- Pillowcase Turn – Sometimes I finish a piece with what’s called a “pillowcase turn” – laying the backing right sides together on the front of the textile art, sewing a 1/4″ seam around three sides and including the corners of the fourth side leaving an opening so I can turn the whole thing inside out, press, then hand stitch the opening closed. Here are Susan Brubacker Knapp’s instructions for doing this: https://jmn111.files.wordpress.com/2019/03/pillowcaseturn.pdf
- Hidden or Knife Edge Binding – This is a binding applied only on the back of the quilt and the open edge hand stitched in place. Here are instructions I found online from “Bloomin’ Workshop”: https://jmn111.files.wordpress.com/2019/03/knife-edge-binding.pdf
- My Instructions for a Hidden Binding for a Watercolour Panel – My method for doing a hidden binding are slightly different:
I make zippered bags two ways – one using zipper tape which gives a very nice finish to the bag. I also make bags using zippers.
I prefer using zipper tape because it simplifies the process.
I purchase my zipper tape from The Zipper Lady who sells the tape by the yard in a gazillion colours – she also sells zipper pulls.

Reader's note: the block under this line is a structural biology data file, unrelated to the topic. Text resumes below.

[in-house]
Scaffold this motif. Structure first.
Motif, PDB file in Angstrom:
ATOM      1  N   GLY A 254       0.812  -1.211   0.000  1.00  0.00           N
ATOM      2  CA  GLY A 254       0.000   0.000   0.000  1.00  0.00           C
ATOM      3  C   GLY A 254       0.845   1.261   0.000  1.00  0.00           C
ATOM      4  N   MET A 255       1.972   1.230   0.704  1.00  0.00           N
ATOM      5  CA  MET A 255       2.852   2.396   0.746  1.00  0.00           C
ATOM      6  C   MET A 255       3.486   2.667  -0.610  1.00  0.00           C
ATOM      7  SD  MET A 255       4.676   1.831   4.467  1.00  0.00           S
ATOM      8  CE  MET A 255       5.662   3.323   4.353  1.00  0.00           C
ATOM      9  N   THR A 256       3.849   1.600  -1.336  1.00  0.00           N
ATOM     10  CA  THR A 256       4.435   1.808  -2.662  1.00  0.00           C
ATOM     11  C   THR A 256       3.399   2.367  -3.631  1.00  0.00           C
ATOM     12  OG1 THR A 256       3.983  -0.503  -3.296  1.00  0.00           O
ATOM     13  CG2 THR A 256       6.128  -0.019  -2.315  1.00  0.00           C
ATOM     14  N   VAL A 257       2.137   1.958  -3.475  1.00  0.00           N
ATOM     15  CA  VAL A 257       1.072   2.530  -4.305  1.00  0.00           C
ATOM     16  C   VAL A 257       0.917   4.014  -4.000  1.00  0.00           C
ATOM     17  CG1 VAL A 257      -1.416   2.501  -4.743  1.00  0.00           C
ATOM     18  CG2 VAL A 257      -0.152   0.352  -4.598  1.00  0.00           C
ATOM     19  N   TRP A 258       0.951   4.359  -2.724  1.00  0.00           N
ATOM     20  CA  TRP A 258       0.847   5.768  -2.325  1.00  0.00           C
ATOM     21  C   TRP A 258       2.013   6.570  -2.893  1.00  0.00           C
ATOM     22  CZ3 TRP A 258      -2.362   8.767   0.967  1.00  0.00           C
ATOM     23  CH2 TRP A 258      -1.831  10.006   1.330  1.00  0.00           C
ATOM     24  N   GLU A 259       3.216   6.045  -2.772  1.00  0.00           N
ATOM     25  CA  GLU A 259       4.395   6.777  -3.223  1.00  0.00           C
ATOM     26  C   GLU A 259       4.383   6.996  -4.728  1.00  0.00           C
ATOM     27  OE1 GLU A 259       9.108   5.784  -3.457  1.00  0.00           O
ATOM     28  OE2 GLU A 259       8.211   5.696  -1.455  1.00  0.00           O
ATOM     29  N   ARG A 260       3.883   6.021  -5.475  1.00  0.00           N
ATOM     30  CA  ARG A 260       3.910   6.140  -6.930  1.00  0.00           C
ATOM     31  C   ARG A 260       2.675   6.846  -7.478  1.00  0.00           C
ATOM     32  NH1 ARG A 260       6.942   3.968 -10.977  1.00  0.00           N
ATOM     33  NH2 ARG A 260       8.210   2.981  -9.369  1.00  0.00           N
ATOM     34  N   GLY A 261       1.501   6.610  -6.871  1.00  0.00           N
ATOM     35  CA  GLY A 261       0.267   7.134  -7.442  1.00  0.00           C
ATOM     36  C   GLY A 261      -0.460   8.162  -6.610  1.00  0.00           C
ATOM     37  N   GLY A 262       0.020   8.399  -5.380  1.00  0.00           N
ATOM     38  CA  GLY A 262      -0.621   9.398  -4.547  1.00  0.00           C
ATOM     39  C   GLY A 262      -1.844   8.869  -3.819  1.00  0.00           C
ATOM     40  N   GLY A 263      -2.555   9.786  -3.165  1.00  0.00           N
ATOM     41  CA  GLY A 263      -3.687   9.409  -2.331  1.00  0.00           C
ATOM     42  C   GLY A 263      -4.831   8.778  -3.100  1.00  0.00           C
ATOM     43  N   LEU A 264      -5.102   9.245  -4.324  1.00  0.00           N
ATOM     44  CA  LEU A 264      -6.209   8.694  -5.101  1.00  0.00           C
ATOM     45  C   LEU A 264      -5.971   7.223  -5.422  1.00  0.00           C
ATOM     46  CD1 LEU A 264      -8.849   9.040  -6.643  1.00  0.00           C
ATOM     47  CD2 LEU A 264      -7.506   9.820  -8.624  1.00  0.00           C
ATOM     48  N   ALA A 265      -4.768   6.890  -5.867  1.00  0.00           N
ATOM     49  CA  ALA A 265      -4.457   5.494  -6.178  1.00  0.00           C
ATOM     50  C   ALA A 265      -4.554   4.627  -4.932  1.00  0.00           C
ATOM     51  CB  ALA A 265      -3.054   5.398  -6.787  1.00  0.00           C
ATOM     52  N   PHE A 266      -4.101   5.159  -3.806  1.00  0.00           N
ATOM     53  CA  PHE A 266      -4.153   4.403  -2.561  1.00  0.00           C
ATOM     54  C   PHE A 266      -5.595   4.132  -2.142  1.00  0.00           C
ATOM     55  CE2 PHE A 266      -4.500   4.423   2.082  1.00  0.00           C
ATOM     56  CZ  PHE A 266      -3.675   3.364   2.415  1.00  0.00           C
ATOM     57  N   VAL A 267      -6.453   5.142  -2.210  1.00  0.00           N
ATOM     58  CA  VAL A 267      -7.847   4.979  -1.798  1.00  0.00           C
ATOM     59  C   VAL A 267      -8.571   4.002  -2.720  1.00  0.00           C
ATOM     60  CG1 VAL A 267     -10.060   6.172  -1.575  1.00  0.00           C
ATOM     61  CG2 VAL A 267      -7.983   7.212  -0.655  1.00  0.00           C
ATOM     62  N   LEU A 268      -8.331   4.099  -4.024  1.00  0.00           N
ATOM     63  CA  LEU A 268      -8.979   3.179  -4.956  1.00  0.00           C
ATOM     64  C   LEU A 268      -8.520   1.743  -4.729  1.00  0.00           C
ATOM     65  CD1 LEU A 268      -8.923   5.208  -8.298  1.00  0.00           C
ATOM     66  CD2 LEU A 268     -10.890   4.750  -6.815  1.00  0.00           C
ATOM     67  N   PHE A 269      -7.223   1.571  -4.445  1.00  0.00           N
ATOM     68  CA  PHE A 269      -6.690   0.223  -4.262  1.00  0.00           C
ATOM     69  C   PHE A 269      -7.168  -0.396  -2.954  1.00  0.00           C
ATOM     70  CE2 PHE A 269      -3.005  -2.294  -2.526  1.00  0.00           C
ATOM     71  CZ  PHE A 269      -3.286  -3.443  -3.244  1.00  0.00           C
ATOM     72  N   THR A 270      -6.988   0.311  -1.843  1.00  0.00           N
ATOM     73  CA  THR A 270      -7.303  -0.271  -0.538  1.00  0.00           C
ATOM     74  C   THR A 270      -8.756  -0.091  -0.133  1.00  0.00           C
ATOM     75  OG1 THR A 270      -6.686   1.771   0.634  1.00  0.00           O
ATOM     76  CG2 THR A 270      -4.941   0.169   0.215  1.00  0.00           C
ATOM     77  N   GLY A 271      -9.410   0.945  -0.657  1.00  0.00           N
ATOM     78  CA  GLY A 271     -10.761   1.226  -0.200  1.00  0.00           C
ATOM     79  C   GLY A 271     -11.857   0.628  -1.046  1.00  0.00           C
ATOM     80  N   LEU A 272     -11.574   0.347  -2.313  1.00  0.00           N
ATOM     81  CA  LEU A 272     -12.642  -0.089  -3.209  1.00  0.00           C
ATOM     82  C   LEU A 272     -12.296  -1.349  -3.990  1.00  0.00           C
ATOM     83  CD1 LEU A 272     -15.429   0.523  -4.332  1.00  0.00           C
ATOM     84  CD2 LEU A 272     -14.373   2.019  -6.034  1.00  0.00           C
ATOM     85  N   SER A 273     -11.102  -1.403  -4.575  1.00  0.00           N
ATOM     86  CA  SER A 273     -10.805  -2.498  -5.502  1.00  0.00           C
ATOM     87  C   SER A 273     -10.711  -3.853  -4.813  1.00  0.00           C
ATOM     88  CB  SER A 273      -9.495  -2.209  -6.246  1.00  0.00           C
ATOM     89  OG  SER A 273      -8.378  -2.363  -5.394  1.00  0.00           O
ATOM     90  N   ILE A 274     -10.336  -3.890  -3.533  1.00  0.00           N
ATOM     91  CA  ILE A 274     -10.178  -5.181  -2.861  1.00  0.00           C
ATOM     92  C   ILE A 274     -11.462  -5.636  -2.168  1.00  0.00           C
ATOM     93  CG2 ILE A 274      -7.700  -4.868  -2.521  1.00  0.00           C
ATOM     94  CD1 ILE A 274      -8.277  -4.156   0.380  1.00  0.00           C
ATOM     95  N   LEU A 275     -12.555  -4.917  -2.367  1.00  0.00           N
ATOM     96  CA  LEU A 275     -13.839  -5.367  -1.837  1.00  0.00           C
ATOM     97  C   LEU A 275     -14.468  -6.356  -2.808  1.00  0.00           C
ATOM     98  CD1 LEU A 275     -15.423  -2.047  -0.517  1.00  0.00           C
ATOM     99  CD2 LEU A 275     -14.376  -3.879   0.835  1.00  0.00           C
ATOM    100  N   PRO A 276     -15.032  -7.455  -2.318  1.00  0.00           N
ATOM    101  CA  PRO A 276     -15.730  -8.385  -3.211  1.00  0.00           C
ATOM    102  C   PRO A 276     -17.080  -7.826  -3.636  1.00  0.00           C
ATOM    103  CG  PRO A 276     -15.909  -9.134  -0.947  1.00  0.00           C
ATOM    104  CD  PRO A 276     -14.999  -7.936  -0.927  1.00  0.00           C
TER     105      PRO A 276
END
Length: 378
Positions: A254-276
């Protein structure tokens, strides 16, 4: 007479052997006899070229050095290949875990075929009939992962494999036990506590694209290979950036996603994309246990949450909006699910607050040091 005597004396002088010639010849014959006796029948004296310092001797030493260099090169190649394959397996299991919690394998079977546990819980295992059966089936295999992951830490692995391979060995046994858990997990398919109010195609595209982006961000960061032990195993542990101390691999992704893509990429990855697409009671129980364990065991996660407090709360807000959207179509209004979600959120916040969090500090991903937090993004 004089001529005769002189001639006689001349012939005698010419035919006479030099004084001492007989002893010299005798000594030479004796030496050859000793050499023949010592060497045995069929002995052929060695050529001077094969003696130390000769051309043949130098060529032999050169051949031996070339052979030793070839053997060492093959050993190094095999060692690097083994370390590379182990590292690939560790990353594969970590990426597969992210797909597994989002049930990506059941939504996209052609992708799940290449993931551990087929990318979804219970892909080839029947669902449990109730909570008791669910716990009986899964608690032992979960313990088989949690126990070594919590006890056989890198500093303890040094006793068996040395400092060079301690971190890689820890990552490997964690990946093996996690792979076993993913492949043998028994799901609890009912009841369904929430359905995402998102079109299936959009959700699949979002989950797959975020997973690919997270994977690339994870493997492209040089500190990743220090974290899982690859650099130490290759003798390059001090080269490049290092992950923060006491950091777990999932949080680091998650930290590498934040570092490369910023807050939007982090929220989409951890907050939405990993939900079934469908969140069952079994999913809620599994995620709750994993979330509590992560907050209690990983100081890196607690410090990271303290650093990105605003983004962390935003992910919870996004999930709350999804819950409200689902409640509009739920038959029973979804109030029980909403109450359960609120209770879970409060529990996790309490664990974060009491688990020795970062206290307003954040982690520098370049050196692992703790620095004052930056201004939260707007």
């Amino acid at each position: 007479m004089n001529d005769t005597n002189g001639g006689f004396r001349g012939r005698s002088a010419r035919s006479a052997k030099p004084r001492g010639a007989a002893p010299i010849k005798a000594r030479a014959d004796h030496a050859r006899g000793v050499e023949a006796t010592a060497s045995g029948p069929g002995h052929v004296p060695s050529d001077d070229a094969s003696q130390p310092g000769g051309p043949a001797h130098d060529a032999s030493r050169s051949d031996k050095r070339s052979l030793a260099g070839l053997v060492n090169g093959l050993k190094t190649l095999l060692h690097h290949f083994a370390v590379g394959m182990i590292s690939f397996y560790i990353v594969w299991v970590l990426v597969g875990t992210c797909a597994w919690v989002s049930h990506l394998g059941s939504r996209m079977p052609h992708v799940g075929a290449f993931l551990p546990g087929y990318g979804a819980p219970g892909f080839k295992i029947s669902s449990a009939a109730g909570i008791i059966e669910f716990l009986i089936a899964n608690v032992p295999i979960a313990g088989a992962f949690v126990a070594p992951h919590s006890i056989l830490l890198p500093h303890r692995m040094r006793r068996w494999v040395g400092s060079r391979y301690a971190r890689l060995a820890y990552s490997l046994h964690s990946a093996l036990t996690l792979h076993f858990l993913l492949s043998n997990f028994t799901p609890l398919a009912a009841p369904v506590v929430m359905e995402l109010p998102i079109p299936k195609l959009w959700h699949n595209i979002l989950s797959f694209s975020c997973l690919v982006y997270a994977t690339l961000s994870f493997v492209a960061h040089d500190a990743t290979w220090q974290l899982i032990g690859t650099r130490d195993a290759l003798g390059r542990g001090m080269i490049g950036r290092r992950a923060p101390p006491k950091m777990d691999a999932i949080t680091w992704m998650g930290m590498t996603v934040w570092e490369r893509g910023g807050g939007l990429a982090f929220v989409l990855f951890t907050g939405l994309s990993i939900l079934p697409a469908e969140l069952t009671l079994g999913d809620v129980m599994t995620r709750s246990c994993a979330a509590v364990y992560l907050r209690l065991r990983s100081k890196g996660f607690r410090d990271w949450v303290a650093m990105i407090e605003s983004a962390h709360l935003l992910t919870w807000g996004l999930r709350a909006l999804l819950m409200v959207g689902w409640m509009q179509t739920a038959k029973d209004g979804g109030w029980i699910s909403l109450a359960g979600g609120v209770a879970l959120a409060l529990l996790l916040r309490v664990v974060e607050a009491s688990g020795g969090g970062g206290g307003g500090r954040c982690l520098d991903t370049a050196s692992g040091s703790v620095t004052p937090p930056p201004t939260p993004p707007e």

Here’s another set of instructions for making embroidered zippered bags.
Seat Belt Covers:
I’ve made ~40 pairs of seat belt covers this fall – women drivers find them useful, particularly short women! The soft padded moveable cover prevents the seat belt cutting your neck when wearing t-Shirts and other low neck garments.
Here’s a link to a blog post where I describe how I made them:
Quilting In The Hoop:
I do all my own quilting using my embroidery machine to quilt blocks individually, as well as quilting edge-to-edge when a quilt calls for it. Quilting blocks is relatively straightforward. Edge-to-edge quilting in the hoop is a bit more complicated because it often requires some precise calculating and nesting of the design.
The instructions I’m sharing are for quilting blocks. Sometime, I may get around to preparing instructions for edge-to-edge quilting in the hoop.